The applied epistemology of conspiracy theories

An overview

Authored by: M. R. X. Dentith , Brian L. Keeley

The Routledge Handbook of Applied Epistemology

Print publication date:  August  2018
Online publication date:  September  2018

Print ISBN: 9781138932654
eBook ISBN: 9781315679099
Adobe ISBN:

10.4324/9781315679099-21

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Abstract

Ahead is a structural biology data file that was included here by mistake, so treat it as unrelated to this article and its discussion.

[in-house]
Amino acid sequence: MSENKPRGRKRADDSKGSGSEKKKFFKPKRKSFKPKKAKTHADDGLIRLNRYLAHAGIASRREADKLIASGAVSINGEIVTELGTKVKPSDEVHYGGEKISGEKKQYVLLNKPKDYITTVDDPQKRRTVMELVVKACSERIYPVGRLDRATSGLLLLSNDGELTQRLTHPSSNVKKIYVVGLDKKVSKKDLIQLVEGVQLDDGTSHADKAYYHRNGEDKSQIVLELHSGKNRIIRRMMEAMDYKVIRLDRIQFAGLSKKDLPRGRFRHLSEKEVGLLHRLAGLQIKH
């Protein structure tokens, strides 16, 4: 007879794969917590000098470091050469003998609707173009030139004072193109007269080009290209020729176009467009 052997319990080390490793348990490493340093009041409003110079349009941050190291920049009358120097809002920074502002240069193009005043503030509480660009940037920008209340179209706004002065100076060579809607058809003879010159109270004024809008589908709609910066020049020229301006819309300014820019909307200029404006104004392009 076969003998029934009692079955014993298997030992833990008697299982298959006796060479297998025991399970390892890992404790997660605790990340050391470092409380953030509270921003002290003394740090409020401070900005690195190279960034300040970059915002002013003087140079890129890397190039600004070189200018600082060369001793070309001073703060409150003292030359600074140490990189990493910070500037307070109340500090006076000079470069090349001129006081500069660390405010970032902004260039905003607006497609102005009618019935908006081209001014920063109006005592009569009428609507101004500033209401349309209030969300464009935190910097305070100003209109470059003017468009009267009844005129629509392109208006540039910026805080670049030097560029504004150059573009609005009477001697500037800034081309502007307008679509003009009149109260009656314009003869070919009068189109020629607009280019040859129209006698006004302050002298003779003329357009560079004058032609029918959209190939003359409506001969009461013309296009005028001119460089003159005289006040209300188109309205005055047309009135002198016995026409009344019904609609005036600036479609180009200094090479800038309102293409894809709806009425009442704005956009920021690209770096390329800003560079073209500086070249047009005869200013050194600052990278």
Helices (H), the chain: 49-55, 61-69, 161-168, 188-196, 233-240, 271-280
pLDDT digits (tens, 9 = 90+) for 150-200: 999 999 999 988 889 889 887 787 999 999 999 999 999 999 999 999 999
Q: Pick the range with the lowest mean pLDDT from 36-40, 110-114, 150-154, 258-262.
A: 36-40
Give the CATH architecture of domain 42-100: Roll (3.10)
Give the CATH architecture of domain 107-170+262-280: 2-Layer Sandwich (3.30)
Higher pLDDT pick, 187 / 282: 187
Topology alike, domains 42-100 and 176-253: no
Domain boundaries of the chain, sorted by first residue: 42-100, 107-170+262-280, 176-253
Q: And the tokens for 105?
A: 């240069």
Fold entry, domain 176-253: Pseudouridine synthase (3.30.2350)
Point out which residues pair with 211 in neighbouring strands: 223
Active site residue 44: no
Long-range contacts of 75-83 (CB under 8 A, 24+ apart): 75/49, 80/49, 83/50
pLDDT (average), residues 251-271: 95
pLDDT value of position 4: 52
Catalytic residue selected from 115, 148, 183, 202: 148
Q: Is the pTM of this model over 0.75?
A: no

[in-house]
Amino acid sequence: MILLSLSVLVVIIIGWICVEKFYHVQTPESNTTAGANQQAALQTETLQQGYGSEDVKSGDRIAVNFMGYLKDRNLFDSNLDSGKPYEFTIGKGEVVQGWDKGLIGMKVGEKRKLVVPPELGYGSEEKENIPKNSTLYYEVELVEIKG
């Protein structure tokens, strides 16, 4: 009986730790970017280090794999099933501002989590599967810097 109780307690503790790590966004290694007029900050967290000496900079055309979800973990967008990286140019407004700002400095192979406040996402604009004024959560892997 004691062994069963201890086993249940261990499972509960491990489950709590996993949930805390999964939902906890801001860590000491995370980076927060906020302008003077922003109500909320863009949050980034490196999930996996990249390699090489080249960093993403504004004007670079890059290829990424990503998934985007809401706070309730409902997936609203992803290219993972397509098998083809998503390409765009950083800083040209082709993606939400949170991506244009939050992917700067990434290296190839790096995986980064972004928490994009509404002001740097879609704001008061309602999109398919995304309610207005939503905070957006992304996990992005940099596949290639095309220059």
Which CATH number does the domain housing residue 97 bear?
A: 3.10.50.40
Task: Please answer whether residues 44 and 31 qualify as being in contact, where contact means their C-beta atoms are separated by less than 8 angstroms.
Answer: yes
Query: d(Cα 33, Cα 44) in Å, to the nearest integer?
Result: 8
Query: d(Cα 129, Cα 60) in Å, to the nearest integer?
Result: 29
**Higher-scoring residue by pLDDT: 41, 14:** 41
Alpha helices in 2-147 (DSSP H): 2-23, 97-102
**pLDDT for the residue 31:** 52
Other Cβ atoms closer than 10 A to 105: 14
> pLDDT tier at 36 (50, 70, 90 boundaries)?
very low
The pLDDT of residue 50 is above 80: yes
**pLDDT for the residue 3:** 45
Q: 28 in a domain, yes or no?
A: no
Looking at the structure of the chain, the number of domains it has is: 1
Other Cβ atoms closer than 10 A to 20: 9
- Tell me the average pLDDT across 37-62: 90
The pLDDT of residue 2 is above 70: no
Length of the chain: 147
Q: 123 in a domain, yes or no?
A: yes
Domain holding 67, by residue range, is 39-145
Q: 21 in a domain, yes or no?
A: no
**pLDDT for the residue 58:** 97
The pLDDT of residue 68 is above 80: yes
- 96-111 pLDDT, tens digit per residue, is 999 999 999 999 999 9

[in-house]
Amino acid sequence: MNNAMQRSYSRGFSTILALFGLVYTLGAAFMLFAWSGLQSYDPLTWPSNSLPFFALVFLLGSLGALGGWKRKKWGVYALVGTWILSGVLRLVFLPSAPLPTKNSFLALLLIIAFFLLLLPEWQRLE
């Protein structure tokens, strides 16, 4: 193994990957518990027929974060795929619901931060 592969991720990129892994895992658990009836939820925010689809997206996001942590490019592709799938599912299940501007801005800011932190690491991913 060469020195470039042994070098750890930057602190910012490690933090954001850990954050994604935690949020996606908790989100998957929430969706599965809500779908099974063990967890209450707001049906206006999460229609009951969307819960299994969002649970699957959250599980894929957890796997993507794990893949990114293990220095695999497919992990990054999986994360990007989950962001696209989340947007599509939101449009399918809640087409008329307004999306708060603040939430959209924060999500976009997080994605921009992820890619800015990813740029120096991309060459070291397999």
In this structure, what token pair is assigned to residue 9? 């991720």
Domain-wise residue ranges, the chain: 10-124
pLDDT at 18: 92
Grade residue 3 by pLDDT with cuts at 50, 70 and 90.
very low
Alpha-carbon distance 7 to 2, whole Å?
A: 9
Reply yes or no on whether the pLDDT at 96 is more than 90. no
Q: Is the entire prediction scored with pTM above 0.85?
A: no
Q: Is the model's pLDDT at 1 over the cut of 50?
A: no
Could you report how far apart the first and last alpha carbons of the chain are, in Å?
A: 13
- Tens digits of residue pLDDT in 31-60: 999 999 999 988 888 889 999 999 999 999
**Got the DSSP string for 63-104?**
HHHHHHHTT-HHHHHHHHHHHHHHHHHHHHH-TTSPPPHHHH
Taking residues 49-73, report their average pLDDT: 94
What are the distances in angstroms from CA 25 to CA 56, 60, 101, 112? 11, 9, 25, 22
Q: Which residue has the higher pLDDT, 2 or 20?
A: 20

In the debate on belief in conspiracy theories there are two schools of thought: Generalism (the thesis that we can evaluate conspiracy theories as a class) and Particularism (the argument that we should assess particular conspiracy theories on their evidential merits). After discussing the role of defining what counts as a conspiracy or conspiracy theory, in this chapter we argue for a Particularist take in the epistemology of conspiracy theories. We focus on both the considerations that motivate how we define what counts as a conspiracy theory (and thus what counts as evidence for or against conspiracy theories), and the way in which knowledge of such theories is – in some sense – improvised.

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